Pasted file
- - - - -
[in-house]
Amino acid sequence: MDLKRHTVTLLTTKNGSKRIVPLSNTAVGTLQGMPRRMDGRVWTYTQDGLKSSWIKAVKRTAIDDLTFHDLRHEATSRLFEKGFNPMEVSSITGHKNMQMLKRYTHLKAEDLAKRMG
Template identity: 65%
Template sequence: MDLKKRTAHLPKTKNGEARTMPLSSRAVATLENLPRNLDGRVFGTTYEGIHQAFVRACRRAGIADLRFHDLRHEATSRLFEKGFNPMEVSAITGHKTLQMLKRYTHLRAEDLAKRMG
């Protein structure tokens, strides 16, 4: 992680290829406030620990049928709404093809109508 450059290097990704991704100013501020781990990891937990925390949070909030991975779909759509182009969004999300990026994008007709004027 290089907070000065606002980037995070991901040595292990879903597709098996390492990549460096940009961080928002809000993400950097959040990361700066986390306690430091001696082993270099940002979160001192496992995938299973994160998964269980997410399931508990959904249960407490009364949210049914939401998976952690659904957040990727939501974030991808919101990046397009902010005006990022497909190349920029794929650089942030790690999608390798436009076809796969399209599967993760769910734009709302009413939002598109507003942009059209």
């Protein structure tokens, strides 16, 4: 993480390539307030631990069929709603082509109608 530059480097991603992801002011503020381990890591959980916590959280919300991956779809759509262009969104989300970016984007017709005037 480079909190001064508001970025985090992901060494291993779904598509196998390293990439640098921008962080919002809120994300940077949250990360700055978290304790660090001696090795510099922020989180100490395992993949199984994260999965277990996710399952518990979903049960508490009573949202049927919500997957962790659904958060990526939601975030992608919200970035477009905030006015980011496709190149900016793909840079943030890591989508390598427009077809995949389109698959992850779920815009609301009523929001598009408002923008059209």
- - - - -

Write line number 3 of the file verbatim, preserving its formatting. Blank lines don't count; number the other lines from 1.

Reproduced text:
Template identity: 65%